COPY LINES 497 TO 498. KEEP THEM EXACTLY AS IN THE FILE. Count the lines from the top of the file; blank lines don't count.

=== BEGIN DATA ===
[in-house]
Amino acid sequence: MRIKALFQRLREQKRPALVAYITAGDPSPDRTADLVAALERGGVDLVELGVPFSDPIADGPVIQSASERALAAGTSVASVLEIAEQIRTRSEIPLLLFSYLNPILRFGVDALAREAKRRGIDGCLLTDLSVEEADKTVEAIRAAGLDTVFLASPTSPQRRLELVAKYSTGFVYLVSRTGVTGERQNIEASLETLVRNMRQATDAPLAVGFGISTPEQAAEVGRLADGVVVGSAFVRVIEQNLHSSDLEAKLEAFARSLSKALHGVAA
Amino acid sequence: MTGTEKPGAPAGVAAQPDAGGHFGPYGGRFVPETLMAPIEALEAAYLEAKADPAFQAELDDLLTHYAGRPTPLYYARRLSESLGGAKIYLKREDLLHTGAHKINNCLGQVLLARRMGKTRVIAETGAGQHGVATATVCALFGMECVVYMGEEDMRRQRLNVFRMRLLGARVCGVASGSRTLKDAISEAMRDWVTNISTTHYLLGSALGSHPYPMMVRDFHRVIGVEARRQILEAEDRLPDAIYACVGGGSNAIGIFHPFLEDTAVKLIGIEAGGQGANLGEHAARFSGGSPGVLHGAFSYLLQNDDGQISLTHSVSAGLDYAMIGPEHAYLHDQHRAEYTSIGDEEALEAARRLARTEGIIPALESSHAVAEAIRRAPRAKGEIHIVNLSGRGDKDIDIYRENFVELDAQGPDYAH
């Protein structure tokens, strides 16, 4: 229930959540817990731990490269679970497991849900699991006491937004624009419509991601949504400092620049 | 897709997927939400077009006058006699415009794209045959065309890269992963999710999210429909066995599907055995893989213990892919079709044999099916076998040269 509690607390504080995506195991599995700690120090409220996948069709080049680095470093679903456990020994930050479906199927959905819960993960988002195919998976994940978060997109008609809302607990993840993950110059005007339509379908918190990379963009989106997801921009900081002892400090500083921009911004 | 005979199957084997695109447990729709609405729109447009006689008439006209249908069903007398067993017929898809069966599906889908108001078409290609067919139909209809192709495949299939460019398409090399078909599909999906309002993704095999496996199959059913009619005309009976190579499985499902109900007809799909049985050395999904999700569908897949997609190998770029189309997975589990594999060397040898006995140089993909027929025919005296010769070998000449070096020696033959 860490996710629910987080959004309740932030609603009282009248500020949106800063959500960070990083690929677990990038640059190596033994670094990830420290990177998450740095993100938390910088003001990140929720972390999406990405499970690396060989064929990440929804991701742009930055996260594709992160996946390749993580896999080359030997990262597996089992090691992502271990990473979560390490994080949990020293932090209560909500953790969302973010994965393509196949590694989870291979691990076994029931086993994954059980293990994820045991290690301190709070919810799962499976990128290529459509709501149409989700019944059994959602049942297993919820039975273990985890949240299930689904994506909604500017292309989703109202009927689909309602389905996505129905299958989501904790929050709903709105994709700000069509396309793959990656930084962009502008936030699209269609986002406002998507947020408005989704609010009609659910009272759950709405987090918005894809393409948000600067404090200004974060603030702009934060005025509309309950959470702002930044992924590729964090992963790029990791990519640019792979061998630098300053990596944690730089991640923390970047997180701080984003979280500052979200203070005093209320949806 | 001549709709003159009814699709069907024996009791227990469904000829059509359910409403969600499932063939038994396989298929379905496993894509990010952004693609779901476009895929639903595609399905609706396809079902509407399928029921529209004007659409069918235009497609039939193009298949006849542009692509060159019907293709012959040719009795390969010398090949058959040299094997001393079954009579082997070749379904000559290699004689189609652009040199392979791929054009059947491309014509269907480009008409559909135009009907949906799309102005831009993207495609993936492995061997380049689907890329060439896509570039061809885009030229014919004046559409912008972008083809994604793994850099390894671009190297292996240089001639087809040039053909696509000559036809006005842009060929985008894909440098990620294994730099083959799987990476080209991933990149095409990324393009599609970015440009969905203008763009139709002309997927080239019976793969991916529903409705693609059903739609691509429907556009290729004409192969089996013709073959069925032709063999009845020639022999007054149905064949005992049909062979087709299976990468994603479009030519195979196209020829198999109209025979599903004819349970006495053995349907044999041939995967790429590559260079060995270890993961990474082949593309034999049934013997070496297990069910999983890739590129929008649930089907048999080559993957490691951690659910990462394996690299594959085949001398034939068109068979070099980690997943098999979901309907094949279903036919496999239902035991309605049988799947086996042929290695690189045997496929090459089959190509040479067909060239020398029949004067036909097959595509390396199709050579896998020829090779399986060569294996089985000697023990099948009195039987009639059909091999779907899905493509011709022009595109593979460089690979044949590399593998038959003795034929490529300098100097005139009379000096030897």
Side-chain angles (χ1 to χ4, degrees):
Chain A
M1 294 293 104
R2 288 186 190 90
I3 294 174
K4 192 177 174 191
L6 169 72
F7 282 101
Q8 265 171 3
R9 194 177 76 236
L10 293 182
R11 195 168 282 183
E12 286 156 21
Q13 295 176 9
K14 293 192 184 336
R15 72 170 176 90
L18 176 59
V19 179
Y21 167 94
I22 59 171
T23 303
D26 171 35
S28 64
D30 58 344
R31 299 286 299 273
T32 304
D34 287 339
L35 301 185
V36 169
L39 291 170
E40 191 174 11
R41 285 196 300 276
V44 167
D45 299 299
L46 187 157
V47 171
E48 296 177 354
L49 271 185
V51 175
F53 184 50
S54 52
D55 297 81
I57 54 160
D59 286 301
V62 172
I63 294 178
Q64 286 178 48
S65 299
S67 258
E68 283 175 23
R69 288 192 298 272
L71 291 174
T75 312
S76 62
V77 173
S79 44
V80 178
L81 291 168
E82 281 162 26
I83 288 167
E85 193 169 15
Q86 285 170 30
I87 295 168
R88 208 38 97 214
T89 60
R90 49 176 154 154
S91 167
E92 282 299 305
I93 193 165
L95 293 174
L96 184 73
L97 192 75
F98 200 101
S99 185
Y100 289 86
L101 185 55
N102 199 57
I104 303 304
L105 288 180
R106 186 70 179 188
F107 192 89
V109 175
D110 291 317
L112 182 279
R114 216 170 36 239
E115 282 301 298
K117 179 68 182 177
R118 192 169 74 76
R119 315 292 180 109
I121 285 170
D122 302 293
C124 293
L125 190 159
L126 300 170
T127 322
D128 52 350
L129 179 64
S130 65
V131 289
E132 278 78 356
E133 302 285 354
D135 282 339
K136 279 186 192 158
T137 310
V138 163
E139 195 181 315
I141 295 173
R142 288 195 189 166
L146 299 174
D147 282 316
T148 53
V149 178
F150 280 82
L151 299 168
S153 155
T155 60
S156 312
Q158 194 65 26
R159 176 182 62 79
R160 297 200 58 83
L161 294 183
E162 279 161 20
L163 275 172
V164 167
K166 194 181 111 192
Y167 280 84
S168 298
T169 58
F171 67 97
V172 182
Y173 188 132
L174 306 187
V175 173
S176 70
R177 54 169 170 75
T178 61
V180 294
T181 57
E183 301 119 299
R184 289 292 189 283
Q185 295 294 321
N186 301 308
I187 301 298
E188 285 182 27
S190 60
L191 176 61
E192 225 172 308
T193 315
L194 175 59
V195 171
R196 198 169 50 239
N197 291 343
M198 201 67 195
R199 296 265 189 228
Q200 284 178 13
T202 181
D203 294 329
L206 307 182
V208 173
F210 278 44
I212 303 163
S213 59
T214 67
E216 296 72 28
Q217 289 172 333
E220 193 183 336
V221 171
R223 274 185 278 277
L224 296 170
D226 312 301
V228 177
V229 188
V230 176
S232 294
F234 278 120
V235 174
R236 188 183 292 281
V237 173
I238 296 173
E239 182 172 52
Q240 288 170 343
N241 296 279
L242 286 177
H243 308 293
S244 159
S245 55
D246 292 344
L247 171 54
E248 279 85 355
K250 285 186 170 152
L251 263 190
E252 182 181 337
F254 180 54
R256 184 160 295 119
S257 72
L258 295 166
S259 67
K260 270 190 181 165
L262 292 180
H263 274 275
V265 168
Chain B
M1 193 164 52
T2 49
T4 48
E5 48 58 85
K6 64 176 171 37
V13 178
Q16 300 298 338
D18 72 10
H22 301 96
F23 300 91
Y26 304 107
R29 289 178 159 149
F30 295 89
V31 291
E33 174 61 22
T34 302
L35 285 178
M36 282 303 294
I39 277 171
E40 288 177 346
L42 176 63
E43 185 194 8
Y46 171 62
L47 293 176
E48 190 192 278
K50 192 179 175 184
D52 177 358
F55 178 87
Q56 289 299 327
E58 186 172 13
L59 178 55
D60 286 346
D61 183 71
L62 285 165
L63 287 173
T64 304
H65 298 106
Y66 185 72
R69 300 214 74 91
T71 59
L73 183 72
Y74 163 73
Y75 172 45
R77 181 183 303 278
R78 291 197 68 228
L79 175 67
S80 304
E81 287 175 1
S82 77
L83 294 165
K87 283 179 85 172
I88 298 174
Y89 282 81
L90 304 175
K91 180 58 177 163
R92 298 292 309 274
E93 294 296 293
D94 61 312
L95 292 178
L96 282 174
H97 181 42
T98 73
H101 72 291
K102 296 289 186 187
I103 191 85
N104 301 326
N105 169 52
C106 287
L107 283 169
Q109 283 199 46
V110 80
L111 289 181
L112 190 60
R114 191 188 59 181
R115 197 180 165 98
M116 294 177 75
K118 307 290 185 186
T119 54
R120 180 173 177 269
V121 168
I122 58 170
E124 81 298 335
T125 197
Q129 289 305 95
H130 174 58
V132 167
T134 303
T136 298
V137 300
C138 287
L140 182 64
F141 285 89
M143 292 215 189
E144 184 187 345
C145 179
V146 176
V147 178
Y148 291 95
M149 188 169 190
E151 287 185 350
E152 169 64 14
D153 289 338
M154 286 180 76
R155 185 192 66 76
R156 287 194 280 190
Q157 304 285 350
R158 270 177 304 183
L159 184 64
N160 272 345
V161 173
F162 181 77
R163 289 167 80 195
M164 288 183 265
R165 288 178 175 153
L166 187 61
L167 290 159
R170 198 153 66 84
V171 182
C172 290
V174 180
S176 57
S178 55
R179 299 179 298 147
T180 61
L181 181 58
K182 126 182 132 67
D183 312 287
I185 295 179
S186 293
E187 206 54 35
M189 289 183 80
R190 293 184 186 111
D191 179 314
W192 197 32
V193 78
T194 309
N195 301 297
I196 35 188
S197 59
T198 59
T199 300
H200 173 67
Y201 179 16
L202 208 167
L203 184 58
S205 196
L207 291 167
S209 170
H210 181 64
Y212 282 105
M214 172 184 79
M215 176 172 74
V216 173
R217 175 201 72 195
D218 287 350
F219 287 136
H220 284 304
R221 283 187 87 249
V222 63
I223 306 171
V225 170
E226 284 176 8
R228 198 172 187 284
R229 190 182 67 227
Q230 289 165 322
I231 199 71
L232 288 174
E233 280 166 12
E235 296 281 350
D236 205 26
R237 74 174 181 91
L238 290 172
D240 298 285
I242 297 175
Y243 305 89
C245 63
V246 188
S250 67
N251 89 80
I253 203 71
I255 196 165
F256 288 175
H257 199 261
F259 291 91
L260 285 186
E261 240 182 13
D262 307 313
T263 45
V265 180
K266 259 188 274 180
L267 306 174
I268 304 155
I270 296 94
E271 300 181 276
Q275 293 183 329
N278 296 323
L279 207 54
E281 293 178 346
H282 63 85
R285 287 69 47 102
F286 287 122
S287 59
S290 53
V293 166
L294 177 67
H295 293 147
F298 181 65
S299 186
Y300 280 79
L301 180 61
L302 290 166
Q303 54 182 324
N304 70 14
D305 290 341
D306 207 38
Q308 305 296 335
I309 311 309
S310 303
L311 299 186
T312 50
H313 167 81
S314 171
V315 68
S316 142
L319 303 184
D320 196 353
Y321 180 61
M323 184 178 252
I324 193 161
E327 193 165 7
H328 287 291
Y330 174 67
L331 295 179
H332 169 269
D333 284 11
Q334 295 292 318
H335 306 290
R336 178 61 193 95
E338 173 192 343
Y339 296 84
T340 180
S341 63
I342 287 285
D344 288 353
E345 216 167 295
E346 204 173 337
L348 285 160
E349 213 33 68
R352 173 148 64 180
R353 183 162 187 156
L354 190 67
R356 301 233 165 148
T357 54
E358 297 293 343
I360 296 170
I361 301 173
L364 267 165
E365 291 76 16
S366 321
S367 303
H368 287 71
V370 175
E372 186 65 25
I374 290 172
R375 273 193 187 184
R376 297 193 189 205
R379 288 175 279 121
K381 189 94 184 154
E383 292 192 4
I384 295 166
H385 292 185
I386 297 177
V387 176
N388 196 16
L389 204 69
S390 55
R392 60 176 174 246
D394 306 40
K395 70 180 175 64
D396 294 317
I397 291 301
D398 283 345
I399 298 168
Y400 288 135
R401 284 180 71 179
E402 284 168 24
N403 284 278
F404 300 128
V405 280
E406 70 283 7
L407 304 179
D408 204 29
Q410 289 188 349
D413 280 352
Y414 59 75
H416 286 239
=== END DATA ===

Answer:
L407 304 179
D408 204 29